The series has been promoted as a clones series since before the first episode aired, so that part will come as no surprise to you. What will surprise you is the breathtaking work done by multi-role breakout star Tatiana Maslany and everyone on the show who works so hard and so successfully to make you completely forget that she is playing more than one role. Editing, lighting, direction, continuity, and of course hair and makeup and likely more, all working together as a team to support the outstanding performance. Saying more would give it away, but just trust me. Breathtaking.
Likewise the writing, both in storylines and in dialogue, is quick, lean, and blissfully unexpected. It rises far above most shows today, and if you are a sci-fi and/or mystery fan in particular, you will love that aspect of this series. Every once in a while there’s a storyline that starts to feel too easy, but don’t worry; a sharp right or left turn is coming. This is not a show that you want to watch while others are sleeping, because you’re sure to let out a loud gasp or shout or “Ooooo!” at some point in every episode. My favorite kind of show.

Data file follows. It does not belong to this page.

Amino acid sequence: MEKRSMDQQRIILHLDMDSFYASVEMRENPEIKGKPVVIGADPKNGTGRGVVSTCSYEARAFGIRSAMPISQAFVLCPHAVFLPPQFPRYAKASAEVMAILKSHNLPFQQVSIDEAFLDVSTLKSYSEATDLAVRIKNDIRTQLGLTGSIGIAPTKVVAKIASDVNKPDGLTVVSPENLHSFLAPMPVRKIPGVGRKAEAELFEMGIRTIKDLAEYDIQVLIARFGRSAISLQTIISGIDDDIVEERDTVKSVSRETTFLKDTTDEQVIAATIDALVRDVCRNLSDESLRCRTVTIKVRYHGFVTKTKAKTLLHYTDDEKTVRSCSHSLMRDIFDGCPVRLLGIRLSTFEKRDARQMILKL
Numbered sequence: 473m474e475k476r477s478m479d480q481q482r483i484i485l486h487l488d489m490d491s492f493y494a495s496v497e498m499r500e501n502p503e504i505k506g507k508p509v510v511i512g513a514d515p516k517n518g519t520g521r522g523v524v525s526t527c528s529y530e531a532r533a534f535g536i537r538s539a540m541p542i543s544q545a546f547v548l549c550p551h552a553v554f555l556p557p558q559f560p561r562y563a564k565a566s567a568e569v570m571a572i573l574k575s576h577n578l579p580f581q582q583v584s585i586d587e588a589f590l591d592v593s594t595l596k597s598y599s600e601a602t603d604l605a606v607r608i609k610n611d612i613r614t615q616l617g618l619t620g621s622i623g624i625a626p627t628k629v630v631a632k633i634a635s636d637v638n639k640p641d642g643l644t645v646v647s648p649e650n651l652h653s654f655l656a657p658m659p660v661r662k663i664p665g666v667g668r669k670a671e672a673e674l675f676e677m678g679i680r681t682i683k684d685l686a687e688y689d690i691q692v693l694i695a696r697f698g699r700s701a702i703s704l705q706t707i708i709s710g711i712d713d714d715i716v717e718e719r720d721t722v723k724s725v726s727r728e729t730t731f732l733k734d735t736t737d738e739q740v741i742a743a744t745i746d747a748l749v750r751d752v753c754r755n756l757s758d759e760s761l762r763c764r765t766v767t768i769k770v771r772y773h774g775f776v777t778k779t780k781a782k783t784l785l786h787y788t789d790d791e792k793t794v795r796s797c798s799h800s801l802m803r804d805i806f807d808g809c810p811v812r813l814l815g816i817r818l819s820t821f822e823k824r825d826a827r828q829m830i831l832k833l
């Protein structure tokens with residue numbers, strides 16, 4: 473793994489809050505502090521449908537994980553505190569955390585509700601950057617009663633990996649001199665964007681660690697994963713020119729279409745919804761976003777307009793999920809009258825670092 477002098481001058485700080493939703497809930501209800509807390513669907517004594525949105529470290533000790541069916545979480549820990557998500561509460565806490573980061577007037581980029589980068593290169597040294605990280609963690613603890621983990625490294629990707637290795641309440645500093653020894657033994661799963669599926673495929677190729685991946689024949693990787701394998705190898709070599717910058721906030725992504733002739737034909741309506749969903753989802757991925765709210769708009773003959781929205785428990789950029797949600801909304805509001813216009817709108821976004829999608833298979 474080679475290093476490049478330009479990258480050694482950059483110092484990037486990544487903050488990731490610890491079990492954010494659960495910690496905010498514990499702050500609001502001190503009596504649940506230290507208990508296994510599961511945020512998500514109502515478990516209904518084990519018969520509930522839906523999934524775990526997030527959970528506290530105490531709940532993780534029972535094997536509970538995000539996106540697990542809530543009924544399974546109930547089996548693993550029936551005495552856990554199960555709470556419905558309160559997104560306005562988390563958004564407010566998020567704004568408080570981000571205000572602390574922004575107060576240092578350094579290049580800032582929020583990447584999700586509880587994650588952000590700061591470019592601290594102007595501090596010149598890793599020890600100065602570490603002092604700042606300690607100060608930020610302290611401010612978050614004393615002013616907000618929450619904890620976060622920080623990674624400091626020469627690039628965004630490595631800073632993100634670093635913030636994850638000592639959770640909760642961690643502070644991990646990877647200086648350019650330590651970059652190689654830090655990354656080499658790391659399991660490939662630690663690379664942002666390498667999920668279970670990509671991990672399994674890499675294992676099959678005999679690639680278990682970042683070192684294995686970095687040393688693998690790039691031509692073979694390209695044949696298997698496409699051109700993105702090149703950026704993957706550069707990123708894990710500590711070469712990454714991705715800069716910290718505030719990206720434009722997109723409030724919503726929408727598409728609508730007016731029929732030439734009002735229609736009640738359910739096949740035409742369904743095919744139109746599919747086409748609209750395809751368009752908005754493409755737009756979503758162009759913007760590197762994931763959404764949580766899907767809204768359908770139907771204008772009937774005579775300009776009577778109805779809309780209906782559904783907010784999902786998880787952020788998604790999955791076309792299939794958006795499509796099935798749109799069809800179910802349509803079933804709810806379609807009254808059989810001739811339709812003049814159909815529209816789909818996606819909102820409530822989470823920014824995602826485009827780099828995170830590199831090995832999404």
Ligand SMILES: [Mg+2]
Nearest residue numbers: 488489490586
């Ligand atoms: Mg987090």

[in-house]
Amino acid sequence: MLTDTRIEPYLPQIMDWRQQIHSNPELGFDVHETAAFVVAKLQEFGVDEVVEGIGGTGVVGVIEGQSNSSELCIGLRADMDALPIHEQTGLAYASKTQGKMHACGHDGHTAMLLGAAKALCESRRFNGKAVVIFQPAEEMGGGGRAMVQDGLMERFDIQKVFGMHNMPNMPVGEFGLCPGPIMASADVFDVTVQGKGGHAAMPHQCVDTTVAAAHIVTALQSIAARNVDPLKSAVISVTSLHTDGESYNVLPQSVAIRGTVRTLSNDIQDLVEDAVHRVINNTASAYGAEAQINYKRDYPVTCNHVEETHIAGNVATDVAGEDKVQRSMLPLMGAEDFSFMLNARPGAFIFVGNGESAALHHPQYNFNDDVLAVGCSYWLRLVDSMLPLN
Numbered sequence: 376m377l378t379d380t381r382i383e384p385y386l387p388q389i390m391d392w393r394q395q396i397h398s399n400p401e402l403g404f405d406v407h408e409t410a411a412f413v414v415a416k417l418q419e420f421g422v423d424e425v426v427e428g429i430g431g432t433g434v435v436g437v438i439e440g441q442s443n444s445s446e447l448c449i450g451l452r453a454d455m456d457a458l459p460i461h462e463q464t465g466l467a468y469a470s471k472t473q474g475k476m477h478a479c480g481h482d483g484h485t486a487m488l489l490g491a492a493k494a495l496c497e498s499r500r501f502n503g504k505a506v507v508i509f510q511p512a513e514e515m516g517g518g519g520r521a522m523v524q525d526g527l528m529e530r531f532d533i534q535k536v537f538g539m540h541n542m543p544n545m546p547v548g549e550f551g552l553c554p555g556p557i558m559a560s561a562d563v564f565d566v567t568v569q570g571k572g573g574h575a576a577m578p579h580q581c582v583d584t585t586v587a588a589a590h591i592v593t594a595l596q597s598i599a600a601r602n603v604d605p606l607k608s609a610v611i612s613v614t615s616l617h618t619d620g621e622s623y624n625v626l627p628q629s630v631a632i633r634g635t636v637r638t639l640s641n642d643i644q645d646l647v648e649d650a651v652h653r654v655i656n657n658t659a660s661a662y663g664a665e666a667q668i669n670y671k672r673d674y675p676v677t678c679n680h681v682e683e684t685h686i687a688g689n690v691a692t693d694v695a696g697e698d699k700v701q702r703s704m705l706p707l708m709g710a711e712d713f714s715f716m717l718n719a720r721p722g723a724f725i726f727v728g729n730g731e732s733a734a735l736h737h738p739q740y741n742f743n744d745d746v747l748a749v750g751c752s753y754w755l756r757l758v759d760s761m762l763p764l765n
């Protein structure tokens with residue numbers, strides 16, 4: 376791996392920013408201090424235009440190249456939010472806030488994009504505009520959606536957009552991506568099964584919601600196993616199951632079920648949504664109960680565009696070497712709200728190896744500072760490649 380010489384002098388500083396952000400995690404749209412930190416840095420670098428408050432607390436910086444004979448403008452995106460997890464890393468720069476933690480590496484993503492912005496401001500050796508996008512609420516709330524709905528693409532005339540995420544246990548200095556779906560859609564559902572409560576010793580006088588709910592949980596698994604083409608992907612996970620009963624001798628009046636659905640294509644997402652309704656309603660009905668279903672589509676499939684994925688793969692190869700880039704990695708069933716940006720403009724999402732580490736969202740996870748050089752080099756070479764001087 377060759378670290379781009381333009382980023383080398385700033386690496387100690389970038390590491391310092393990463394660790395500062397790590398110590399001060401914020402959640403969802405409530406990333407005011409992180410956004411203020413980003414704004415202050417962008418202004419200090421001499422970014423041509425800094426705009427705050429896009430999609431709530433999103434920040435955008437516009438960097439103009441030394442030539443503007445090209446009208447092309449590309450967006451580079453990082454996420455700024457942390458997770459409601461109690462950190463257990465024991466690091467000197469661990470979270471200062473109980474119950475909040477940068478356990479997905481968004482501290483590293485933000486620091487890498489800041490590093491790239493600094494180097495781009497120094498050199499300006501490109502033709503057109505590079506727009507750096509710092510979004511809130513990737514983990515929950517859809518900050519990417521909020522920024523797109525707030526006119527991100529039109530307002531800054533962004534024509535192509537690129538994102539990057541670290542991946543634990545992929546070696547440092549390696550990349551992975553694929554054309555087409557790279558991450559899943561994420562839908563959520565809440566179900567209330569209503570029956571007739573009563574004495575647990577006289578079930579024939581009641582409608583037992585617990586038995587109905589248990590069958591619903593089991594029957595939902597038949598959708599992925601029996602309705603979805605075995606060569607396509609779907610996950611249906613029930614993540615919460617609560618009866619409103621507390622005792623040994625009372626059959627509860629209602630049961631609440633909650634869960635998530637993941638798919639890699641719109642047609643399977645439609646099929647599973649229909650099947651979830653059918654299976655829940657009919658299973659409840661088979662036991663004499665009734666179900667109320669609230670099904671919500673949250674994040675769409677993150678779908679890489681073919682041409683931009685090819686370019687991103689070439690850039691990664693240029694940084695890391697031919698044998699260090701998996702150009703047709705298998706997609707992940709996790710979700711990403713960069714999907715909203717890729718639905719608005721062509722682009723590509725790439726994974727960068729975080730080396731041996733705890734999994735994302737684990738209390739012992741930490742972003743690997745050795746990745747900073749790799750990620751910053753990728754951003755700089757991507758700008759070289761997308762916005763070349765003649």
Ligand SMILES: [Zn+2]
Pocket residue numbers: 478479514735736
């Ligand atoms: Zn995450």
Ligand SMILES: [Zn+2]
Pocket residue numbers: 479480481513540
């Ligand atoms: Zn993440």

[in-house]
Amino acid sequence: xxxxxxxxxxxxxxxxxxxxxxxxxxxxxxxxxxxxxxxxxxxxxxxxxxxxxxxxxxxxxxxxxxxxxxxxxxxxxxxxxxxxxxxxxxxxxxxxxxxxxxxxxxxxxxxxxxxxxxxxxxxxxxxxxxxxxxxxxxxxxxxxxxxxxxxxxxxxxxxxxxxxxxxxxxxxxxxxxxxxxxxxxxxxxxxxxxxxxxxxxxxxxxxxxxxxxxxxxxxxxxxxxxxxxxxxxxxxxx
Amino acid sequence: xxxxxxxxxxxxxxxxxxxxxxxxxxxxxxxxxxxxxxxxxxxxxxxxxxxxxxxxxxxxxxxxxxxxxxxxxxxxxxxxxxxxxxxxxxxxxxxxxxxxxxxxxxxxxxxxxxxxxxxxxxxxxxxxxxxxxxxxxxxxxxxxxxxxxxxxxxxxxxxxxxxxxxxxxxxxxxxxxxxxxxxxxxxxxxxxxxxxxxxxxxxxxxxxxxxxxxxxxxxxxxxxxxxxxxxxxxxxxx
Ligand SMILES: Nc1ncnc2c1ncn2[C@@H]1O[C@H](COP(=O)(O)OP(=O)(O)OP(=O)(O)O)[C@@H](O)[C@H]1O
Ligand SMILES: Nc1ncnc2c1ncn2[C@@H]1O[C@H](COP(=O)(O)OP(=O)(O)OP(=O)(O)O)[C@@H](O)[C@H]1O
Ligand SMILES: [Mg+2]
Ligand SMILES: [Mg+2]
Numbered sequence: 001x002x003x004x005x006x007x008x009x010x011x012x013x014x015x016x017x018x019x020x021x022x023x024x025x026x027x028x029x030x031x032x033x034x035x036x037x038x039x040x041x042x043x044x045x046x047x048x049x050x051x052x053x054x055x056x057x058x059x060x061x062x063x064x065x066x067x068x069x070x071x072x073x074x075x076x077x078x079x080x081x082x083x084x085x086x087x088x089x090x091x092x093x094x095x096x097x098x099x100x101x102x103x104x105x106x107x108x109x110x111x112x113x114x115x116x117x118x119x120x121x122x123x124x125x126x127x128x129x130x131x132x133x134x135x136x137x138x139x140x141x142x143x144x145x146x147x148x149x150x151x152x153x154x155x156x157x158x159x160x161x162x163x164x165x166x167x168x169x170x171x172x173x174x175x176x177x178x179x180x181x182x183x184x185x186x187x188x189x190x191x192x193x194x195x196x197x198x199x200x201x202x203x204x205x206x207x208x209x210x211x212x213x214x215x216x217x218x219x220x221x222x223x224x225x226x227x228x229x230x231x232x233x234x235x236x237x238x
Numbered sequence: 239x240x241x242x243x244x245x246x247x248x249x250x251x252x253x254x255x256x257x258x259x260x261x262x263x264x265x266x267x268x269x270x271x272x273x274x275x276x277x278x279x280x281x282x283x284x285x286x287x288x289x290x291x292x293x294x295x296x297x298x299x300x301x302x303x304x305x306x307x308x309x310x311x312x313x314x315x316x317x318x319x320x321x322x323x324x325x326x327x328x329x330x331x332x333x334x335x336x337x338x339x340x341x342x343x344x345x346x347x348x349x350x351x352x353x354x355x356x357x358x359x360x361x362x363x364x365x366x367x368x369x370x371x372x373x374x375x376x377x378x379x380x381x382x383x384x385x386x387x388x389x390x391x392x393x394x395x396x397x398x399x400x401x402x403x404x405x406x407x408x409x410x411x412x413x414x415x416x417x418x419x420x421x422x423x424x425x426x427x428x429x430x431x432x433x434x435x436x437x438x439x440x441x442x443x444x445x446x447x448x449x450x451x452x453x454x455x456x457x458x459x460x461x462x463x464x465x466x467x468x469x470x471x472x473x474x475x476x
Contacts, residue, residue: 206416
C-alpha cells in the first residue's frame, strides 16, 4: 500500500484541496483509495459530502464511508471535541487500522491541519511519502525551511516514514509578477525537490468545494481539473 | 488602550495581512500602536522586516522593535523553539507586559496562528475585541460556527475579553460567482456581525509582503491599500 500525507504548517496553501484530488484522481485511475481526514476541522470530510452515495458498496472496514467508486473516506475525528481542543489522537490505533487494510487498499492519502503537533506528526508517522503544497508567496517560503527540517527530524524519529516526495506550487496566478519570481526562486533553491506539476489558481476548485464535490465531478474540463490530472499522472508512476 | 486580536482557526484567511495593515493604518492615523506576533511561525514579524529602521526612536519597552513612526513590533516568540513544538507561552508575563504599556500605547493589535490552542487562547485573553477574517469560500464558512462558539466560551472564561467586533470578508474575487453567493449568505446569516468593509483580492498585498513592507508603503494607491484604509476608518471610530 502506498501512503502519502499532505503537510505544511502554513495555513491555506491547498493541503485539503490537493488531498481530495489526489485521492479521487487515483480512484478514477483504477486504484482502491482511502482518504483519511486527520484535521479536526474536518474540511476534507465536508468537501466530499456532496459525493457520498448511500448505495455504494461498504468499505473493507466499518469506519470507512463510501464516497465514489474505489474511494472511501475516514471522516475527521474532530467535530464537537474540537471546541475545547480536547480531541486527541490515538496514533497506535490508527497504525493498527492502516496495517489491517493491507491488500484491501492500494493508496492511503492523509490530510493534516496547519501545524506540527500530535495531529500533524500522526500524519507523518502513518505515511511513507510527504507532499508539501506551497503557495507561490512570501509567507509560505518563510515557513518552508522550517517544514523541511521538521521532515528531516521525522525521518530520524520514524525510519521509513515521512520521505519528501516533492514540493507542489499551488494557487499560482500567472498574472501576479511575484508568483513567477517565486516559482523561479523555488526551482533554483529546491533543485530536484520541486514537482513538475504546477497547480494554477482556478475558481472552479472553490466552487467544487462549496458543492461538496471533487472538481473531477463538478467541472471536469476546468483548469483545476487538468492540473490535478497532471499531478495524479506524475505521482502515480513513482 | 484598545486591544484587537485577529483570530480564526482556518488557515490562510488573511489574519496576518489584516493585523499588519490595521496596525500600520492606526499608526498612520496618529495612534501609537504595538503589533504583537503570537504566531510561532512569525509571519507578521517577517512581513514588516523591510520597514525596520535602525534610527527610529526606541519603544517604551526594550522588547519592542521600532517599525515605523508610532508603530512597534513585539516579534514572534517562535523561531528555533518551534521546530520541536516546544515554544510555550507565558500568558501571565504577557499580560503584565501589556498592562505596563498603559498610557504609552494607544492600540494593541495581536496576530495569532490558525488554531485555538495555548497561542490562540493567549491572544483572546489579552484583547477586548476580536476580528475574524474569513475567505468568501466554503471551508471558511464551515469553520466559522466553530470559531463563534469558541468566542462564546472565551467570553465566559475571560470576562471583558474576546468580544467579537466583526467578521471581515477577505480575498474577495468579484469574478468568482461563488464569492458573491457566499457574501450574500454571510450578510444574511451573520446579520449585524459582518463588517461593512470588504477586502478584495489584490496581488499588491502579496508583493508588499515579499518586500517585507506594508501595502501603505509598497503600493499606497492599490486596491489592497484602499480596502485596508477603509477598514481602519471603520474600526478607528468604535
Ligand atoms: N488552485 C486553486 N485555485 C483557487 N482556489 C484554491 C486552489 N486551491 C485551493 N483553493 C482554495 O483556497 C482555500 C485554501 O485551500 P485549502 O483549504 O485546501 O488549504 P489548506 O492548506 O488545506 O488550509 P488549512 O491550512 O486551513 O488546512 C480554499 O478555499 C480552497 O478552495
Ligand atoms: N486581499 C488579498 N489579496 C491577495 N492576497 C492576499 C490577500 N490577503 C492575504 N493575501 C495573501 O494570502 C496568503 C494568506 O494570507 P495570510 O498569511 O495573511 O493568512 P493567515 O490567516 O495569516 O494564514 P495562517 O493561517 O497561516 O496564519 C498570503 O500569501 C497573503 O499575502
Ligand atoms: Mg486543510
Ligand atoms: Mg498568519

I call it lean because with only ten episodes, lean is what it is. There is no “monster of the week” storyline in this show ever, there just isn’t the time. But trust me, it isn’t needed or missed. There is no filler here, but only rich development.
Just as it did in Fringe, the writing also allows for some of the excellent chemistry between actors to really shine, whether it’s comedic or dramatic. Of course I have to continually remind myself that I shouldn’t be surprised that Maslany has fantastic chemistry with… herself. But her work with, in particular, Jordan Gavaris and Maria Doyle Kennedy is really something to see.
They do have a science adviser, so I presume that the science-y references are grounded in actual science. I really have no idea. But again, as in Fringe, the scientists are not stereotypical, nor one-size-fits all. If you are yourself a science-y person, you will likely have no cause to be rolling your eyes during your watch.
And the final reason you should watch the show? It’s been picked up for a second season. And if you’ve read my interview with two of the executive producers, the co-presidents of the production company, you’ll know that they do in fact know how they want the series to end. Yes, there will be an end, and it will be satisfying, whenever it comes. So you may watch, happy in the knowledge that there will be more, and then there will be a solid ending.